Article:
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  • Poe, I know you had to draw the line and obviously wanted to stick with the 80's MOTU media, but the MYP era has SO much to offer–like He-Man throwing a tower at atmosphere-breaking speed and into the Eternian sun. Mind you that in the previous season, He-Man also got laid out by Count Marzo, who in his turn was trussed up by…Mekanek's neck. In the immortal words of minicomic MAA: "What?"

    Come to think of it, much as I enjoyed it, the MYP cartoon should be saved for an article about fantastically inconsistent power levels in service to poorly conceived plots…

  • There is no such thing as physics in Eternia,only magic and humiliating arcane cybernetics.

  • You forgot saving Christmas. 🙂

    Seriously, awesome work! That's an awful lot of nerd research right there.

  • @Dark Angel: Actually, I considered that tower-throwing one from MYP, but in the end I decided to stick with the vintage stuff. Adding NA/Millennium to the mix opened up a whole new can of worms.

    @Ben: This was a surprisingly hard one to write. He-Man's done a lot of crazy crap over the years, and picking the ten craziest was hard work. I owe a lot to this "Respect He-Man" Web page for listing a bunch of feats, but I still had to track down where and when the feats occurred, find videos and images, and even watch two entire episodes because I couldn't find plot summaries online.

    It was all worth it, though. I laughed out loud not when He-Man pushed the moon away while standing on the Wind Raider–though that was funny–but when he plugged the hole and then flew back to put the moon back into orbit.

  • Dude, I would have been a little freaked out if you could come up with that list WITHOUT doing at least a little bit of research! Although there are probably some He-Nerds out there with ridiculous encyclopedic knowledge of this stuff…

  • @Mark: Anyone who argues that the Filmation He-Man series wasn't pure dreck is fanboy-blind. It was horrid–which is not to say that people don't have a perfect right to enjoy it, just that they should admit that it ain't any kind of "art".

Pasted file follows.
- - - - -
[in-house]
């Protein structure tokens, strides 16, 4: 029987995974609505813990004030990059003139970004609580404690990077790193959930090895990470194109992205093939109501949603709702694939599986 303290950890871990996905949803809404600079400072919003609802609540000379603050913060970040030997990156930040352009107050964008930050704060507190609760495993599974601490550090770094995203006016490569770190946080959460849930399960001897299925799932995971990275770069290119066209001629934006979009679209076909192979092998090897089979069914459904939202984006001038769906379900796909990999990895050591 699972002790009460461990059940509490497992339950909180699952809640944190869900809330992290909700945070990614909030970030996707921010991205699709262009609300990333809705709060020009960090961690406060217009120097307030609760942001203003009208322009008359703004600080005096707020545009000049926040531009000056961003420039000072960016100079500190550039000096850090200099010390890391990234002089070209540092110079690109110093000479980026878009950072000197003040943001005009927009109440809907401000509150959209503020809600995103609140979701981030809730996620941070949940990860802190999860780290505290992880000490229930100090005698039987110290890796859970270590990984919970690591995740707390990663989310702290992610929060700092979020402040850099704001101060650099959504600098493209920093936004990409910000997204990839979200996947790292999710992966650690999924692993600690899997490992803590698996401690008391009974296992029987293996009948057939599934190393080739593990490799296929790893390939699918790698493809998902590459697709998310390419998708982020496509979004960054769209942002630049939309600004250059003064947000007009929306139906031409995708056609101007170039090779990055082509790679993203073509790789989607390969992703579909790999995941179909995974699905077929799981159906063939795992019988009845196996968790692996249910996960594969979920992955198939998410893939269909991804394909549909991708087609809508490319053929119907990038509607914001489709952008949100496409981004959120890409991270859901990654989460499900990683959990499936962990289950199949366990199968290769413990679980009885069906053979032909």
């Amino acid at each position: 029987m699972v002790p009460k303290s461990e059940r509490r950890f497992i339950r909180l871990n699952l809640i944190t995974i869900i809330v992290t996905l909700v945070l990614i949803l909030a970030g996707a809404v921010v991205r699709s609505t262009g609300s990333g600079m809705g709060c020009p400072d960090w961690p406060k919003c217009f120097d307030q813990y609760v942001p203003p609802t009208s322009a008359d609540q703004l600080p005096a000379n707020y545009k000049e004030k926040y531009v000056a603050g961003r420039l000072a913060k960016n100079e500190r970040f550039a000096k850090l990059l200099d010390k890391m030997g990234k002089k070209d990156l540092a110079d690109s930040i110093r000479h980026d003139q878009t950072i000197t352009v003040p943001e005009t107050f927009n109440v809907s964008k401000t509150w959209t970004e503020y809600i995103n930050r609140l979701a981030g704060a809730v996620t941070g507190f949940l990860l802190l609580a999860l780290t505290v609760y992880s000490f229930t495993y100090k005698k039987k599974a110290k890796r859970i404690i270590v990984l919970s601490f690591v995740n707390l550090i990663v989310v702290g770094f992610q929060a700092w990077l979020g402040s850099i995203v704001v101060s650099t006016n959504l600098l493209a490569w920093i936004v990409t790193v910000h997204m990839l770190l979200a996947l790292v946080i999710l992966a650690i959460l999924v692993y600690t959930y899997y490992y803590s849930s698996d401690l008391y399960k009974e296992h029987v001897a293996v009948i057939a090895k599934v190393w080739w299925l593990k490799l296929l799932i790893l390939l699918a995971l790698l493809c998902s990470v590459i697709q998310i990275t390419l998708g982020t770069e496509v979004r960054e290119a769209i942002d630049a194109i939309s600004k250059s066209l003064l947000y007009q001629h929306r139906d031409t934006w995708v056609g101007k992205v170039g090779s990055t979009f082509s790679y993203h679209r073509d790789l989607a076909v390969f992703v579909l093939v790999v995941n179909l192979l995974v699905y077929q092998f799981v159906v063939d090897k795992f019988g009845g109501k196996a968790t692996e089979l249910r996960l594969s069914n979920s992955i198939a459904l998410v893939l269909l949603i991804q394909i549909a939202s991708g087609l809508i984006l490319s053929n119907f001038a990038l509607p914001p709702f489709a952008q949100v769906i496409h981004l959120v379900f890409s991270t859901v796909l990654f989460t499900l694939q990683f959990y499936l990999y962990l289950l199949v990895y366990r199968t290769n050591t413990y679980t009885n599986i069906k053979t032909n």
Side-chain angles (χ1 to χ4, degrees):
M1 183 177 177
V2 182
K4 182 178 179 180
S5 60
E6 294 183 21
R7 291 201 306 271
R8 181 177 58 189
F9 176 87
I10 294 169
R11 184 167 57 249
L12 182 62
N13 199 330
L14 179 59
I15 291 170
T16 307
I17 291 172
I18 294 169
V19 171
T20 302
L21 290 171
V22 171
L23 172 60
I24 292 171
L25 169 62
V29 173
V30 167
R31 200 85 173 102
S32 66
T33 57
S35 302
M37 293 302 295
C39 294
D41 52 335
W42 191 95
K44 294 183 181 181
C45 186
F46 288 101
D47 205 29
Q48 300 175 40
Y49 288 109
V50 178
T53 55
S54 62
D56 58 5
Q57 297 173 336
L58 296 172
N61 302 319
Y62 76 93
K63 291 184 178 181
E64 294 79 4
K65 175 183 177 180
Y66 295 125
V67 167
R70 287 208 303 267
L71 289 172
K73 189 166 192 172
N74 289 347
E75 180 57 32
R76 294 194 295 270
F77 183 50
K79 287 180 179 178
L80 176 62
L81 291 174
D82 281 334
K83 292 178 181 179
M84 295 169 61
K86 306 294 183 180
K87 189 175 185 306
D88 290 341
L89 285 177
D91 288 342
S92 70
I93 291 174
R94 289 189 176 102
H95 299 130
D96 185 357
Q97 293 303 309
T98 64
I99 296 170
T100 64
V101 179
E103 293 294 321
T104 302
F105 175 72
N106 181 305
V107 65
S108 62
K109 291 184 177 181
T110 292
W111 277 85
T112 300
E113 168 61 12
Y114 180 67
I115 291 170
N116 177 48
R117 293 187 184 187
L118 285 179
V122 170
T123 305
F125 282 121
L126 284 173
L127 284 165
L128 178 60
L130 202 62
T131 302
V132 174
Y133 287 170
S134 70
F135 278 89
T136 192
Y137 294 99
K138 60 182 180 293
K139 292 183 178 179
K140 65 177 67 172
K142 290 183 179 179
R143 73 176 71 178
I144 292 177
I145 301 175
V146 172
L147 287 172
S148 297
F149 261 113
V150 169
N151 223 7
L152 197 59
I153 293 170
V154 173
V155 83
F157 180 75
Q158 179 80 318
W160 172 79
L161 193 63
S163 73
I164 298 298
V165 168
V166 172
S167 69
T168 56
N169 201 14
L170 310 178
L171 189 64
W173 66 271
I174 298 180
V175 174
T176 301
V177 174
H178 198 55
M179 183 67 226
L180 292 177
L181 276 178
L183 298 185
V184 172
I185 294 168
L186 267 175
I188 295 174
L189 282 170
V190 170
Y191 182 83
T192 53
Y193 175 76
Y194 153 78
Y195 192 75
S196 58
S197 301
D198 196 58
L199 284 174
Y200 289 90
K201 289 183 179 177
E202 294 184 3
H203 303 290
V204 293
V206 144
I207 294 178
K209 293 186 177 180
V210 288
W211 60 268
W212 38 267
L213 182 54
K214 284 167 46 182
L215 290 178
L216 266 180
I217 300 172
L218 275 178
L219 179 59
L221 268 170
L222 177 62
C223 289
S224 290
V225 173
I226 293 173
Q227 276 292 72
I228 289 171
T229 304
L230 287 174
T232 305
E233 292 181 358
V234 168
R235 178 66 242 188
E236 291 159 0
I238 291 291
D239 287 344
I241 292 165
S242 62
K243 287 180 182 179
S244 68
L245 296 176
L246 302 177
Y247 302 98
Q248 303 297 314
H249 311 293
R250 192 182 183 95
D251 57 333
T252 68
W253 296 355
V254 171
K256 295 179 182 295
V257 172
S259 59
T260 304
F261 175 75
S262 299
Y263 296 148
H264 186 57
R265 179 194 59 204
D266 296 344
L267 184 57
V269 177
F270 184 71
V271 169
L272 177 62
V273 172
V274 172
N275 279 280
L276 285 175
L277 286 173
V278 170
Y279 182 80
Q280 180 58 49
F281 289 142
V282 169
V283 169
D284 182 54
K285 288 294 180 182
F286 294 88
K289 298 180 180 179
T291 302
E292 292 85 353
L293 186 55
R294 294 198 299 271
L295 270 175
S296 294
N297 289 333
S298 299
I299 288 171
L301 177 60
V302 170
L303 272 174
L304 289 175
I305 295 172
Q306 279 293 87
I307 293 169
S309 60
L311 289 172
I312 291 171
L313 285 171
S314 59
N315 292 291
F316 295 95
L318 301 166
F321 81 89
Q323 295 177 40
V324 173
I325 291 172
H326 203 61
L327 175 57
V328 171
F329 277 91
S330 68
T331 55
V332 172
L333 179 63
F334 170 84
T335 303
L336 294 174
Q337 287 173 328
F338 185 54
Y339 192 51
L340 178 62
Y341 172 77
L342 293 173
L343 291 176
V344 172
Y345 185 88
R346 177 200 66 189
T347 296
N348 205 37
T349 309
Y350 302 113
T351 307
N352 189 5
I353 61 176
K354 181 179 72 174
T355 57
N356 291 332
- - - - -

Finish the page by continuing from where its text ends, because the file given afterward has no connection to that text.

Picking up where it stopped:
• @Dark Angel: At the risk of being labeled "fanboy-blind," the show did have some decent episodes penned by the likes of Paul Dini, J. Michael Straczynski and Michael Reaves. "The Dragon's Gift" and "The Problem with Power" come to mind.

    Art? Maybe not (although the background artists on that show have been underappreciated, if you ask me), but for a kid's cartoon those two episodes–and most the episodes in that "10 Best" DVD set–were fine, even, mayhaps, good.

    Most of the show was shallow and poorly written and animated, of course. But characterizing the entire enterprise as "pure dreck" does a disservice to a show that gave three of the best animated writers out there some of their first work in the field.

  • I specifically remember the episode in which He-man made glass by rubbing sand. I had no idea what he had just accomplished and upon asking my dad that is when I learned about silicon.

    Since it is kinda on topic of "what I learned from cartoons" I didn't know what a coma was until G.I. Joe the movie.

  • @Poe: Did I express myself too strongly?

    As I said, you and everyone else have a perfect right to enjoy it, Poe–but even you stop short of enshrining the series as some kind of "art" (Honestly, sir, saying something is "decent" is damning with faint praise!). That is because you are a reasonable person; we both know that these fabulous internets are quite full of unreasonable people who attempt to raise any number of things to a higher level than those things deserve.

    I, for one, love my old G.I. Joe cartoons (and compared to Filmation's MOTU, they are virtually Shakespearean), but they are still dreck. And well they should be! Five to twelve year old kids aren't generally looking for high art. I'm not throwing that word out there as an insult, it just is what it is.

    Hence, a world wherein the absolute ridiculous feats you described in your article occur, as well as the varying power levels of characters that I referenced and the much-ballyhooed fact that the entire world of Eternia is practically awash in incredibly powerful, largely indestructable artifacts that–go figure!–are predictably remembered and/or forgotten in service to simplistic plots.

    Finally, any writer worth his or her salt will tell you that their freshman efforts are nothing compared to what they produced after many years and more experience. Plus, many writers have enjoyed fine careers producing nothing but dreck, like Stephen King and Anne Rice (both of whom have produced works I have read and enjoyed, and which are still not art!). 😉

    So–that is my opinion, and I am sticking to it. What can I say? I thrive on hate.

    Now that you bring it up, exactly which was the original version of "Dragon's Gift"-the mini comic, or the Filmation episode?

  • @Dark Angel: The Filmation episode came first. Written by Larry DiTillio (I knew I was forgetting one other notable writer!).

    And I will continue to contend, in the face of your hate 🙂 , that it is a flat-out good episode of the cartoon–of any cartoon.

    "Jacob and the Widgets," though–that's dreck.